What do I have to offer?

lorna photo Lorna McCallum’s 25 year career within the private sector gave rise to her passion about all the amazing benefits communication and employee engagement can bring to organisations. So much so, that in January 2014, she setup her own company which specalises in helping organisations manage change through communication-based strategies. That company is called Elephant Intelligent Communications.

I am a woman in my late 40’s. For about six months now, I’ve been thinking I’d like to become a board member of a third sector organisation. The main reason? I’m keen to offer support and assistance to a cause that’s close to my heart – mental health in the workplace. The other reason? Not quite so altruistic, but I’m in the process of setting up my own business. I believe being a board member will give me some real up-to-date insight into the kinds of challenges individuals and organisations face.

The big question is – what do I have to offer?

The introvert in me (who’s definitely in charge today) wants to start with a list of why I’m not suitable. The word ‘Manager’ has never appeared in my job title, far less ‘Director’. I have worked in the private sector for over 25 years (with a little bit of academia thrown in). My only experience of working in the third sector, was for an all-too-brief three year period back in 1990. The differences in terminology sometimes confuse me. In the private sector I’m a consultant. In the third sector, Advisor or Facilitator sounds better – less corporate. I have only a basic grasp of all things financial. I could go on.

Now that I think about it though – there are three qualities that I do possess in abundance. The first is passionate curiosity. I like the term. It comes from an Albert Einstein quote “I have no special talent – I am only passionately curious”. It formed part of my talk to about 100 postgraduate and MBA students last week on the high and lows of writing a dissertation. My particular passion is for individuals and organisations to communicate better. That’s why I gave up a well-paid job in the private sector and went to university for the first time in 2009. It’s why I spent over a year researching and writing a dissertation looking at the importance of communication and employee engagement and organisational change. It’s why I’ve set-up my own business – because I want to help organisations see the benefits that communication and employee engagement brings.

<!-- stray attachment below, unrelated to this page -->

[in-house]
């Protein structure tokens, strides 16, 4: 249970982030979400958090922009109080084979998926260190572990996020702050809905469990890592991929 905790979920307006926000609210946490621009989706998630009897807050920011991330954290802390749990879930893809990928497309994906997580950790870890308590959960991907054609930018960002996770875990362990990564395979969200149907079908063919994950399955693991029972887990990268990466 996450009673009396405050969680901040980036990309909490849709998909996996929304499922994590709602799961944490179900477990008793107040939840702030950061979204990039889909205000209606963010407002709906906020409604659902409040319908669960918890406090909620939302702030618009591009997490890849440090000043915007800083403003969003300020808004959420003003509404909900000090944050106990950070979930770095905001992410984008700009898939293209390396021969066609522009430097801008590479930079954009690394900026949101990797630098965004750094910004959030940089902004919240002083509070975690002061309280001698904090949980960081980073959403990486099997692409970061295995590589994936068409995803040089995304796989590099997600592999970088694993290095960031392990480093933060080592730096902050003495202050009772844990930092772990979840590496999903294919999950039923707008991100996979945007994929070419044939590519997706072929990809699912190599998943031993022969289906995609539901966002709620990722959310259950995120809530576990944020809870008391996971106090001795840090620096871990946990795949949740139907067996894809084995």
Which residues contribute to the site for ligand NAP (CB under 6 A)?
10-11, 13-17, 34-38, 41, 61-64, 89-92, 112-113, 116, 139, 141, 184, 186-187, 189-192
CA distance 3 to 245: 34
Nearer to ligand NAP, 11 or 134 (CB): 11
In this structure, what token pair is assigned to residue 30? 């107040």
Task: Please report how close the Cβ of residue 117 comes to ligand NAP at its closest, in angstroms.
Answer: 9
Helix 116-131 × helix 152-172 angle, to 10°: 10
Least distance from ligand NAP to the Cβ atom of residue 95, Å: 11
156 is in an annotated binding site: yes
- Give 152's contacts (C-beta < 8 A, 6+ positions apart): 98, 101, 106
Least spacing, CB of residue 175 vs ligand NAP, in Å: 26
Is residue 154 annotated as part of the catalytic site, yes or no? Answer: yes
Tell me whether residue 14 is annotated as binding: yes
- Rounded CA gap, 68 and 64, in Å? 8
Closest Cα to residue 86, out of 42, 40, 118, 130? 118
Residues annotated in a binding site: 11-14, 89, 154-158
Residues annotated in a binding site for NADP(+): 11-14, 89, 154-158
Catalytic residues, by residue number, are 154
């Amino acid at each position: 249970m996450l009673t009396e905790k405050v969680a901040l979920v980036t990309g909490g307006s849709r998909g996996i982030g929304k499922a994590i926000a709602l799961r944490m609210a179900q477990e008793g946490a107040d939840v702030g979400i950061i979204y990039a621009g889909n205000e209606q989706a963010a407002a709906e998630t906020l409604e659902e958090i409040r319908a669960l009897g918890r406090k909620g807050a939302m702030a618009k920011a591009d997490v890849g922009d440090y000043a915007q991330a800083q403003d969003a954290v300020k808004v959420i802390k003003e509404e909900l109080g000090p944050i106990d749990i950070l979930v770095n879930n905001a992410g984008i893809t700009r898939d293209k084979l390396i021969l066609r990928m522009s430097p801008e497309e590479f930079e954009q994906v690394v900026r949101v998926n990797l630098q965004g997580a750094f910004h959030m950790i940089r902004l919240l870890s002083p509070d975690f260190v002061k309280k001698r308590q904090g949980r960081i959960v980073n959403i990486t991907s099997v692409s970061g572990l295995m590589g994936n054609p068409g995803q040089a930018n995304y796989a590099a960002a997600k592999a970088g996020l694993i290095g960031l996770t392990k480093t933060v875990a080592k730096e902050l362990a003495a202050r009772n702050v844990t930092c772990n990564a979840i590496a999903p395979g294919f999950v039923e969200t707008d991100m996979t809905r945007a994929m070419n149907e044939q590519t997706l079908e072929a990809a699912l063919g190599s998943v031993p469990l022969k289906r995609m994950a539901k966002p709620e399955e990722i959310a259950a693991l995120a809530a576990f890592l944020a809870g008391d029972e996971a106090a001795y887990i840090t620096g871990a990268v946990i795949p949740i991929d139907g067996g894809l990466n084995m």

Passion means that I give 100% to whatever I’m doing. My motivation levels last far longer.
The second is I am also a genuine people person. A work colleague once described me as the glue that held the department together. I soothe tempers and disagreements by firstly listening (a lot) and then suggesting options. I go out of my way to help people. Not because I’m looking for something in return but because I genuinely like to help people. I believe in not just talking the talk but walking the walk. A friend has set-up a campaign group calling for all retailers to stop selling energy drinks to children under 16 (it’s an emotive topic right now). She asked if I would help her with the communications. There is no budget. I agreed and now spend roughly a day a week putting together promotional packs, spreading the word around my business contacts and asking for sponsorship.

Finally, I am receptive. I actively listen to what people have to say. I like hearing new ideas, new ways of doing things. I also ask for feedback. I wrote a summary report on the skill sets required by governance practitioners in the Scottish third sector. I conducted interviews (only four I’m slightly embarrassed to admit – but the funding was minimal). I wrote the draft report and asked for feedback. Some of it was positive. Some of it wasn’t.